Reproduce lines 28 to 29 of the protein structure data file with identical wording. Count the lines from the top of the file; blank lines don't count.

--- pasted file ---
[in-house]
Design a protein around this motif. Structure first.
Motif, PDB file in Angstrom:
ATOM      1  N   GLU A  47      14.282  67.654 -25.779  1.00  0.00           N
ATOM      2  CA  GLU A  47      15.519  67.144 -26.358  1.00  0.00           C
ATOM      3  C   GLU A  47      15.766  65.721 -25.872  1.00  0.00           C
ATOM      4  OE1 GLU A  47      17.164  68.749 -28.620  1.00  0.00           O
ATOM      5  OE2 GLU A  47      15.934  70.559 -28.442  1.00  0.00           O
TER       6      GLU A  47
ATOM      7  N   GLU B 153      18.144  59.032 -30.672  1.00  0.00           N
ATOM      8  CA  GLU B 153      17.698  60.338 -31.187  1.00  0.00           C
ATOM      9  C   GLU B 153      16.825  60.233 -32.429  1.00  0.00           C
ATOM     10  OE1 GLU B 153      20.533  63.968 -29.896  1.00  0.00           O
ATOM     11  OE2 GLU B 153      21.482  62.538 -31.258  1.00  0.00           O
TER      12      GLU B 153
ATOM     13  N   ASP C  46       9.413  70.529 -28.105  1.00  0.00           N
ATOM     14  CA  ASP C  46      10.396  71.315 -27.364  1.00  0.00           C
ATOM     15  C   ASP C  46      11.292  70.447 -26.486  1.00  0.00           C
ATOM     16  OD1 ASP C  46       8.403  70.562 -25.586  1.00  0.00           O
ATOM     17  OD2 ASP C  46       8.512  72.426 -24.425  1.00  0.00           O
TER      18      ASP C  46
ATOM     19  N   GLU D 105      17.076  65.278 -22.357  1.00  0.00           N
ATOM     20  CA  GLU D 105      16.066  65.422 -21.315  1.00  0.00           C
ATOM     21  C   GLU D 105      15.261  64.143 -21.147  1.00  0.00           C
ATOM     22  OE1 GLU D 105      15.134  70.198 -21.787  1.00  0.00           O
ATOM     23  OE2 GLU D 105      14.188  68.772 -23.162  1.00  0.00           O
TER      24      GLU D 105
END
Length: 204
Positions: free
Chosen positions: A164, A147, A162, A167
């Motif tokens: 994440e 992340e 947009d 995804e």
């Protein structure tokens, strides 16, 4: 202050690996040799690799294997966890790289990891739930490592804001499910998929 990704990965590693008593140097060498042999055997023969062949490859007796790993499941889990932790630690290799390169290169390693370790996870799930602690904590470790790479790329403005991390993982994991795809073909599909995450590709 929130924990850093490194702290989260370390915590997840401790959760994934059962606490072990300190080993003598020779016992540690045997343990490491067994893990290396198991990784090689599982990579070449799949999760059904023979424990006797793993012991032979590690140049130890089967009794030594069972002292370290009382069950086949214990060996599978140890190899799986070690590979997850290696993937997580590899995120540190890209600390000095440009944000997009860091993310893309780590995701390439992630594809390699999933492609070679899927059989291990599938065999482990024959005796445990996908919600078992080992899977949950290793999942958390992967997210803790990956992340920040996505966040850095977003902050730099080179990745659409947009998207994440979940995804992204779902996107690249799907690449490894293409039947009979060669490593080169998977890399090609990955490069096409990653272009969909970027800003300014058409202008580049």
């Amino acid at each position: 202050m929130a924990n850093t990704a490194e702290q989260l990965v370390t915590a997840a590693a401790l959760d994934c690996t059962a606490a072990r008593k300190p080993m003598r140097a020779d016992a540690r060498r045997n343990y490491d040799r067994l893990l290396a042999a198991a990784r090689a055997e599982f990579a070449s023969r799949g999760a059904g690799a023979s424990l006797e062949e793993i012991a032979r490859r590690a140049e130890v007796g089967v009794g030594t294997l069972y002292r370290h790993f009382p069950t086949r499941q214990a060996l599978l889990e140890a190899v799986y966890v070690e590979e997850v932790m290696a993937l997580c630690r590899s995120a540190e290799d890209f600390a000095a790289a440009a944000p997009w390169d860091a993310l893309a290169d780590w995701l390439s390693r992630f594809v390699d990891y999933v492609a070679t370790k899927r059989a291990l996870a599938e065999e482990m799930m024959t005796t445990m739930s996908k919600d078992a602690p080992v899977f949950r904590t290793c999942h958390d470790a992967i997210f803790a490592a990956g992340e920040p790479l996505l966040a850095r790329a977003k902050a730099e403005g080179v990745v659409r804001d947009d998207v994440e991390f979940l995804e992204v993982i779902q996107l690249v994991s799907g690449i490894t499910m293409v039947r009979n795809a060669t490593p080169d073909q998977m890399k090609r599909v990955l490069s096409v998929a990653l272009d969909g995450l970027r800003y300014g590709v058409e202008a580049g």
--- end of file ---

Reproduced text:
END
Length: 204